1. Wow! What a powerful piece! I just talked to my dad today. We talked about the family, laughed about nothing and argued about politics. I loved it. He and I have always been close. He wanted the adress to Country Universe so that he could read what I’ve written. I wasn’t sure if I wanted to give it to him because I’m not really into my family reading what I write, because our politics *are* rather at odds with each other and this blog *does* touch on politics from time to time. I think I’ll give the address to him though. He accepts that we disagree on such things and I need to be grateful that he’s interested in this part of my life, my love of country music. He’s never loved it as much as I do, but he’s always made an effort to show an interest in my interest in it. Because he’s so smart, he just naturally seemed to know a lot about country music and shared a lot of its history with me when I was young.

    Thank you, Kevin, for putting yourself out there with such a vulnerable part of your life. Sometimes, those of us who still have our parents need to be snapped back to the reality that they’re not always going to be here with us.

    I’m going to email my dad the url for Country Universe now and I’ll bet that he’ll be one of our most loyal readers.

  2. this is an example of music touching people not so much coping. Alan Jackson’s “Remember When” from the first to the third verse is mine and my husbands relationship down to almost every word exact and every time i hear it i have very fond memories and as for the rest of the song i hope our relationship continues on the same path as the song as it has thus far. I am a True believer that music can be the most powerfull connection to emotions and i’ve said it befor on this site in the middle of everyone’s arguing “constructive critisim”, why not instead of picking at people and their faults or being so harsh on songs just try to enjoy music cause that’s what it is meant for.
    GREAT article Kevin. i have a couple more songs i could share that i often turn to but i haven’t decided if i want to get that personal yet.

  3. That’s the healing power of music. When we think we can’t get over something, it hits us like a ton of bricks.

    I’ll relate this story. Back in November of 1996, I came home from High School and was called about an hour later by one of my friends. He was crying on the end of the line. Our mutual friend, the glue of a whole group of friends, had killed himself.

    John Michael Montgomery had a song out around the time that he wrote for his father called “I Miss You A Little.” I cried everytime I listened to this song. particularly the chorus:

    “I miss you a little since you’ve been gone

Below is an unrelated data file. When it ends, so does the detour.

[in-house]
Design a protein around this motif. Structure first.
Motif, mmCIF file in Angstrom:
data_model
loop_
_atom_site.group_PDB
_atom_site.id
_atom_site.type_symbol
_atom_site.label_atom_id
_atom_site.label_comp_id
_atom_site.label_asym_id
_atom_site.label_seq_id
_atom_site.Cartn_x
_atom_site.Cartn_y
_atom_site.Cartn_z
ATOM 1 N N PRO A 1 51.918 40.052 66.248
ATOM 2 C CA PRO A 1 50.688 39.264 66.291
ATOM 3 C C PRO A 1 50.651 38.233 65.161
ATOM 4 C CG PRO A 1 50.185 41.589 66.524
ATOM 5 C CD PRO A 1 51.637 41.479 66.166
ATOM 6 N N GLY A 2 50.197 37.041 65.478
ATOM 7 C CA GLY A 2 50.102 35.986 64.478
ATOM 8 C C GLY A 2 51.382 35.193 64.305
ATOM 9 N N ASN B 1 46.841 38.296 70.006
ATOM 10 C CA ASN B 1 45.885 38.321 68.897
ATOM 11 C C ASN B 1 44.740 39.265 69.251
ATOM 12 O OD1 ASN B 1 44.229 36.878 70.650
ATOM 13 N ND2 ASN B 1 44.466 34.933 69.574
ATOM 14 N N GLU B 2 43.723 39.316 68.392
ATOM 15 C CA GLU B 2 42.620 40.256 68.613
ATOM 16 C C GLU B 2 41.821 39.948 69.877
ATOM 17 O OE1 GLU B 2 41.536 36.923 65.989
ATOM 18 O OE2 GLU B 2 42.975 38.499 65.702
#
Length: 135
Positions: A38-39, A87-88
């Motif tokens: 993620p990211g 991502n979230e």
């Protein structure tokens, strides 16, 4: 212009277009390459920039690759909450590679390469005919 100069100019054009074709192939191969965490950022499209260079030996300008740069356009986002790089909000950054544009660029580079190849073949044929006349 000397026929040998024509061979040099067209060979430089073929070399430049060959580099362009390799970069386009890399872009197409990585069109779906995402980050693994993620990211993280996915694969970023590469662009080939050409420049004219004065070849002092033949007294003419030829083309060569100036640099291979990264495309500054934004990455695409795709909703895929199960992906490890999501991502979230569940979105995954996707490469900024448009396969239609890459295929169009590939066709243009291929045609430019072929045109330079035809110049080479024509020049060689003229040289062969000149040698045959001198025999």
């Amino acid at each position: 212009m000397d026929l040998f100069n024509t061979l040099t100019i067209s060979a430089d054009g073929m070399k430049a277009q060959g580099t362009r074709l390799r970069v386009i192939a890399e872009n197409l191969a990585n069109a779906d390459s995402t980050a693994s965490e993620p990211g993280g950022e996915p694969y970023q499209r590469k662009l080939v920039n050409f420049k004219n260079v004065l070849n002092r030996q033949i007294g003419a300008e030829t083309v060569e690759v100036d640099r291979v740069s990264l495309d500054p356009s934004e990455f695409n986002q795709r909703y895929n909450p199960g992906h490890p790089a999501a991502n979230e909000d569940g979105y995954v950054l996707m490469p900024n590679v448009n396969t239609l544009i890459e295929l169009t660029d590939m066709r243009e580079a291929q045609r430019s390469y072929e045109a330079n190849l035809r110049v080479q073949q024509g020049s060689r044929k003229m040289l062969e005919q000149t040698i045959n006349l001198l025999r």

A few little memories keep hangin’ on
    I miss you a little, I guess you could say
    A little too much, a little too often
    A little more every day”

    It just was what I needed to help me heal.
    Also, it’s why Blaine Larsen’s “How Do You Get That Lonely” hit me the way it did. Some call that song hokey, I call that song real.

    I had already experienced the death (to bone cancer) of my grandpa and grandma to alcohol poising. I am very thankful that I haven’t lost a parent or my father’s parents. In fact my grandmoter is the strongest person on earth that I personally know, because she saved both my grandfather and father from Alcohol and drug addictions. When everyone told her to give up, she didn’t. That’s why I can relate One Flew Souths “She’s A Gift” to her.

  4. Thank you for sharing Kevin. It brought me to tears. I haven’t been paying attention, but I went back and read all of the comments for the Shawanda song. They are truly touching. I’ve lost both of my parents in the last few years, one to cancer. I don’t connect with the song, mainly because my pain feels so personal, but I do appreciate the stories. It somehow makes it easier to know that other people are going through something similar. Grief can be very isolating.

    The music I find most comforting are the songs that remind me of my parents. My mom’s favorite Christmas carols, my dad’s Elvis records, old Neil Diamond songs (they used to love to dance together in the living room)…

    As for country songs, after my dad passed away, I gave my brother a picture frame containing a great picture of him and my dad. I had engraved on it a verse from George Strait’s “Love Without End, Amen.”

  5. I should add the bridge of “She’s A Gift” really speaks to my grandmother:

    “I see magic has been made here
    Children growing with no fear
    A peace is all around us I know how,

    She’s a gift to everyone she meets,
    makes it easy to believe
    that goodness is alive in this world,
    she’s a gift
    to help me keep my path
    share a smile, hide a laugh
    to say the three best words I’ve ever heard
    she’s a gift.